On Aug. 23, Gov. Phil Murphy signed S-1221 into law (P.L.2023, c.147), requiring school districts to provide menstrual products in public schools serving grades 6-12, beginning in the 2024-2025 school year. Such schools must provide students direct access to tampons and sanitary napkins, free of charge, in at least half of all female and gender-neutral bathrooms, if applicable. The costs will be borne by the state.
“When students can’t access the menstrual products they need for their reproductive health, the potential stress and stigma too often distracts them from their classes or forces them to skip school entirely – leading to social and academic repercussions that no one should have to face,” Murphy said. “My administration will continue to prioritize the mental and physical health of New Jersey students by taking a holistic approach to supporting their well-being. Promoting menstrual equity in our schools is one crucial component of our ongoing efforts to ensure the success of young people throughout our state and promote equity at every level.”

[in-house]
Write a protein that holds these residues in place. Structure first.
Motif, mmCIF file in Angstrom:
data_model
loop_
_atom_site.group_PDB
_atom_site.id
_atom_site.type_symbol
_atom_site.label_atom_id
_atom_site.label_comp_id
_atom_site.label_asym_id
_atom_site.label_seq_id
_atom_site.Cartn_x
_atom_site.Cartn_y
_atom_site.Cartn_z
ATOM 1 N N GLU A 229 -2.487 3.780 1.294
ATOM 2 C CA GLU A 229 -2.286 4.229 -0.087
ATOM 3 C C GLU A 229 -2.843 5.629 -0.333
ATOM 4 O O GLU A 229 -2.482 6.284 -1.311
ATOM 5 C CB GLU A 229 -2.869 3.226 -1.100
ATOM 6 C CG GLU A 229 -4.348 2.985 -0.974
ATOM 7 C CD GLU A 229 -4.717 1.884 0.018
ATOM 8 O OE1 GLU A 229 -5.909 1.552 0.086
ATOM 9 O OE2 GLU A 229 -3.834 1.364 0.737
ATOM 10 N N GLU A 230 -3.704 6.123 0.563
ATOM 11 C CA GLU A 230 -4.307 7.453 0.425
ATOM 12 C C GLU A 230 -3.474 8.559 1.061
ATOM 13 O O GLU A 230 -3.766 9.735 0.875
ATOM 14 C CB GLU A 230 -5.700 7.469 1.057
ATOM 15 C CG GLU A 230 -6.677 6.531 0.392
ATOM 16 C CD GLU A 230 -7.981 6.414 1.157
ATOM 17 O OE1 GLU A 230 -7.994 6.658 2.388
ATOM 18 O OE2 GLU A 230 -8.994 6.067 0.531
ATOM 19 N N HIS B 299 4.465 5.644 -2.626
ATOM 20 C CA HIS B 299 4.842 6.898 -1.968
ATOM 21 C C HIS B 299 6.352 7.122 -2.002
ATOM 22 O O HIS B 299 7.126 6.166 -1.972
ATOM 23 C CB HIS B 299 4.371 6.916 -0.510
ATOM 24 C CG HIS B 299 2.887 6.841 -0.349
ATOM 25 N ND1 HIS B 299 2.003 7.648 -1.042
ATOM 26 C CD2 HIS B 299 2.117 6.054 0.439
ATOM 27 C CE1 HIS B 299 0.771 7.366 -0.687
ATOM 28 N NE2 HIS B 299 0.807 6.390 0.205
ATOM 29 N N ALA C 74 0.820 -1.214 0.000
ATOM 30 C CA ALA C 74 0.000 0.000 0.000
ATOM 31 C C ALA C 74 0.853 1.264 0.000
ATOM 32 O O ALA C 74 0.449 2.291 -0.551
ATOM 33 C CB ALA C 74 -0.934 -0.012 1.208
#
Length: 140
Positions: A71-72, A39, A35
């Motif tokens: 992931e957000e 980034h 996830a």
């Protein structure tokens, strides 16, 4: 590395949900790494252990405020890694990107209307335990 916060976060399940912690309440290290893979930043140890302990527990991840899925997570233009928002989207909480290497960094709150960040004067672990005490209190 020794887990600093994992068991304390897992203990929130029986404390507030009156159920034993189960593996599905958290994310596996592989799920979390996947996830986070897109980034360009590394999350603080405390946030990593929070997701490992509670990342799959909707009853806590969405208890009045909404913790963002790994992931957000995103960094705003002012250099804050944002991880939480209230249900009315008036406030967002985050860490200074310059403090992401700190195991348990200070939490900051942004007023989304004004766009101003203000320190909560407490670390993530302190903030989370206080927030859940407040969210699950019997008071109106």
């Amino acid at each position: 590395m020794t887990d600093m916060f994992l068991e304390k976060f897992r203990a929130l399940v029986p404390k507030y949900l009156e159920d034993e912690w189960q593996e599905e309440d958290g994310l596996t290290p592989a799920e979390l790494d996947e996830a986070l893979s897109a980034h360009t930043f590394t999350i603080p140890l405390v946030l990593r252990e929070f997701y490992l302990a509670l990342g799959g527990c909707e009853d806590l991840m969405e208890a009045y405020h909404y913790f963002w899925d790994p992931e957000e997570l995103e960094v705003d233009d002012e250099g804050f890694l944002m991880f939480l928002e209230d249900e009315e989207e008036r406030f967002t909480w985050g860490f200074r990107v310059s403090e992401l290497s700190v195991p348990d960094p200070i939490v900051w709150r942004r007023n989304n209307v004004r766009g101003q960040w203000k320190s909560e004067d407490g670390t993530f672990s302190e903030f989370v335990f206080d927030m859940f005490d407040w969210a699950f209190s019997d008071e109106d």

Its intent, the Legislature declared in the bill, is to “provide for the health, dignity, and safety of menstruating students at every socioeconomic level, as well as to help normalize menstruation among all.” The Legislature cited a pilot program at a New York City high school that reportedly saw a 2.4% increase in attendance after providing students access to menstrual products. Murphy also cited the findings of a 2021 study that “new data show period poverty — the inability to access menstrual hygiene products — has jumped to nearly a quarter of all students (up from 1 in 5 in 2019), and lower income and students of color have been particularly affected.”
The new law also requires the New Jersey Department of Education, in conjunction with the New Jersey Department of Health, to periodically review and assess whether the law is meeting the needs of menstruating students, and if necessary to make recommendations regarding the expansion of access below grade six.
For additional information, please see the governor’s Aug. 23 announcement.